Thirty years after the culture wars, identity politics is now the norm on college campuses—and it hasn't been an unalloyed good for our education system or the country. Though the civil rights movement, feminism, and gay pride led to profoundly positive social changes, William Egginton argues that our culture's increasingly narrow focus on individual rights puts us in a dangerous place. The goal of our education system, and particularly the liberal arts, was originally to strengthen community; but the exclusive focus on individualism has led to a new kind of intolerance, degrades our civic discourse, and fatally distracts progressive politics from its commitment to equality.
Egginton argues that our colleges and universities have become exclusive, expensive clubs for the cultural and economic elite instead of a national, publicly funded project for the betterment of the country. Only a return to the goals of community, and the egalitarian values underlying a liberal arts education, can head off the further fracturing of the body politic and the splintering of the American mind.
"The Splintering of the American Mind challenges all those working in higher education to return to first principles. Egginton offers constructive criticism delivered with wit, learning, and a welcome glimpse at where the 'culture wars' of the 1980s and 90s wound up, even as his account points in helpful new directions."—Christopher S. Celenza, Ph.D., Dean of Georgetown College at Georgetown University
"A compassionate clarion call for academia to help reconstruct a national community sundered by divisions of class, geography, and education. He provides a convincing blueprint for how educators can promote community through changes in curriculum, particularly through a re-emphasis on the humanities, and public policy."—David Goldfield, Robert Lee Bailey Professor of History and author of The Gifted Generation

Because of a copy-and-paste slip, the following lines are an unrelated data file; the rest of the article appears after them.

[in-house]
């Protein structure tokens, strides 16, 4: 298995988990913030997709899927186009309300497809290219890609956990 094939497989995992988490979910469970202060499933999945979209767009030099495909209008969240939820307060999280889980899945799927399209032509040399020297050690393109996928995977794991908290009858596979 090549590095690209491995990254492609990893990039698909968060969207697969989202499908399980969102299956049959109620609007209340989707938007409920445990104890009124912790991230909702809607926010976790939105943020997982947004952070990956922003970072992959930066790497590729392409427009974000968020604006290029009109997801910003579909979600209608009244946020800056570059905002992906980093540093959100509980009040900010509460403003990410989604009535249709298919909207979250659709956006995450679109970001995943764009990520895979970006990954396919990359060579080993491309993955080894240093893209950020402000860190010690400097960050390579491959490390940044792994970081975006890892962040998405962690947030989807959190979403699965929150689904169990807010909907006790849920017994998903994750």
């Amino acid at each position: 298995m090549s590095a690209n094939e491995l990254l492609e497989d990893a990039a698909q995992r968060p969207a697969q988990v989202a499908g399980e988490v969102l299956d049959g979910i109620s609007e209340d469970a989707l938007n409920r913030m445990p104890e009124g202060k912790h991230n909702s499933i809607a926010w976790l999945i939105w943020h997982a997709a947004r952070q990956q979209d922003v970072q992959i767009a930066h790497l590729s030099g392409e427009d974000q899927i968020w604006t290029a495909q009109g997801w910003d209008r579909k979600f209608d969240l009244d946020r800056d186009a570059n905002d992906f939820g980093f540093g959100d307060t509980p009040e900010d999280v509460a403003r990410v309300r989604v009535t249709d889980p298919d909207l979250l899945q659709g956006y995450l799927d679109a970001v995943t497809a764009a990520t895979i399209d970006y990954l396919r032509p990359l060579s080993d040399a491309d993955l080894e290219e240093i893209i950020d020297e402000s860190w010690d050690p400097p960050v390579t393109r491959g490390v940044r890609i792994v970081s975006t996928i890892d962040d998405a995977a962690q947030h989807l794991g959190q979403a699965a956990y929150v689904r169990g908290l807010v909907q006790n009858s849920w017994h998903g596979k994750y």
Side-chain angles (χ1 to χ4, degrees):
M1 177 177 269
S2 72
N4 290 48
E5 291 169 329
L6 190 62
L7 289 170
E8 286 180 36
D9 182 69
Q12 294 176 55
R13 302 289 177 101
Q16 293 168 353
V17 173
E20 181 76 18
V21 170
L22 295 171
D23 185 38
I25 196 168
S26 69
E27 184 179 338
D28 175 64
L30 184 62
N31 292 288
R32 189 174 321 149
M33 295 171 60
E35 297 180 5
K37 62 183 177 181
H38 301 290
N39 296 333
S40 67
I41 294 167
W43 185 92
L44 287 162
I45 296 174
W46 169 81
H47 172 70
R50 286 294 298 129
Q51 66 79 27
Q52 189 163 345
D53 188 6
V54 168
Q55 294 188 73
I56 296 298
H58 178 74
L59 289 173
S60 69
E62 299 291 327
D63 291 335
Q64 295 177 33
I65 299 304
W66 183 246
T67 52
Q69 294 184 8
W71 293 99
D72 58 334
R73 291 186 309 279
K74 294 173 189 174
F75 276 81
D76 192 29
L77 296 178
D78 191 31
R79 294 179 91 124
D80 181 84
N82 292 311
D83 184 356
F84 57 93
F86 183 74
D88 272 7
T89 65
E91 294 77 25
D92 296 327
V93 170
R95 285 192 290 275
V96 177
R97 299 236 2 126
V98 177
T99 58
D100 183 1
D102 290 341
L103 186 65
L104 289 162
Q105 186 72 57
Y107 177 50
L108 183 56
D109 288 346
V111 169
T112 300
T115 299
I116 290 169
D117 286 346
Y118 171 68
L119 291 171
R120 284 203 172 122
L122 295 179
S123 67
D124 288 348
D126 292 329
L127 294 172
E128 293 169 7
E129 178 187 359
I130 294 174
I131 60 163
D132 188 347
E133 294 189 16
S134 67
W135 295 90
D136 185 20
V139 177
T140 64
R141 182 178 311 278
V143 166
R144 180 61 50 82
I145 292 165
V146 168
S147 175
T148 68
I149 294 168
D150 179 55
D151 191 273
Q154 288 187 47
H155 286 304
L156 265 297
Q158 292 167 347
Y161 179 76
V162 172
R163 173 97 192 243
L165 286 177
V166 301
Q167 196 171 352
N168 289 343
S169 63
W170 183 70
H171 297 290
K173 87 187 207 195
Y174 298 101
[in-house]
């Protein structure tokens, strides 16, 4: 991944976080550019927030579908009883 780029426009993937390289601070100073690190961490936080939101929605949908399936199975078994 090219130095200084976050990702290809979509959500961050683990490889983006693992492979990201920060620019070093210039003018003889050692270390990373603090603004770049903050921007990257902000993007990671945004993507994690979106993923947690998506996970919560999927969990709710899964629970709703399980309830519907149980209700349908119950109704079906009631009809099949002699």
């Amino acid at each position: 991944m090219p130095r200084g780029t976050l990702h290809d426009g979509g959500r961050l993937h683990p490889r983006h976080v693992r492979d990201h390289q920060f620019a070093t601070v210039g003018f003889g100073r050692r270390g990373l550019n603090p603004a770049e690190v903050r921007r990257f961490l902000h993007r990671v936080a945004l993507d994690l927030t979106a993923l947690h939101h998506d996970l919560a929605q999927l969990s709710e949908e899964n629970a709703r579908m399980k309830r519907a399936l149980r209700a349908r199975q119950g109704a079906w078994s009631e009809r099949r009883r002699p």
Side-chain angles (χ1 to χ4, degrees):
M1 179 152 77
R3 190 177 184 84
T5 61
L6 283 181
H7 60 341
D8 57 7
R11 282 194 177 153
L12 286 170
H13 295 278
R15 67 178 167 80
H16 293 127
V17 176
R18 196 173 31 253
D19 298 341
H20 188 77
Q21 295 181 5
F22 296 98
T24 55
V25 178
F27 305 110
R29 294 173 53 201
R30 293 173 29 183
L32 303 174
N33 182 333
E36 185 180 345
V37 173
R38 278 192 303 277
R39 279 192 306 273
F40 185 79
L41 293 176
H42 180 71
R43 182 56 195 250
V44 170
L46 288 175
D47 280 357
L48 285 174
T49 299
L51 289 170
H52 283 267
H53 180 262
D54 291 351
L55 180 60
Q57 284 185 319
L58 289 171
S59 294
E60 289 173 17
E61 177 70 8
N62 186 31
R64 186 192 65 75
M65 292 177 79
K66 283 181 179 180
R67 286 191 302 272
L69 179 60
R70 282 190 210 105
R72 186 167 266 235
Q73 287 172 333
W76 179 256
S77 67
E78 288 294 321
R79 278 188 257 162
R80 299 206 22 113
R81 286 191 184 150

"For anyone concerned about the state of modern America and Higher Education’s role in it, Egginton provides an artful and passionate plea for America to revive its public sphere, and to renew our collective sense of commonwealth."—Ben Vinson III, Dean, Columbian College of Arts & Sciences, George Washington University, and author of Before Mestizaje
"An eloquent and moving defense of higher education’s contribution to the public good. Insisting that identity politics isn’t the enemy of community, and democracy is still a revolutionary idea, he steps nimbly around either/or choices, pointing the way forward to a more truly equitable campus—and country."—Laura Kipnis, author of Unwanted Advances
"An incisive and nuanced diagnosis of the ruptures in our society that so challenge higher education today. His call for a universal experience of the liberal arts as essential to democracy is as compelling as any I have seen."—Adam Falk, President of the Alfred P. Sloan Foundation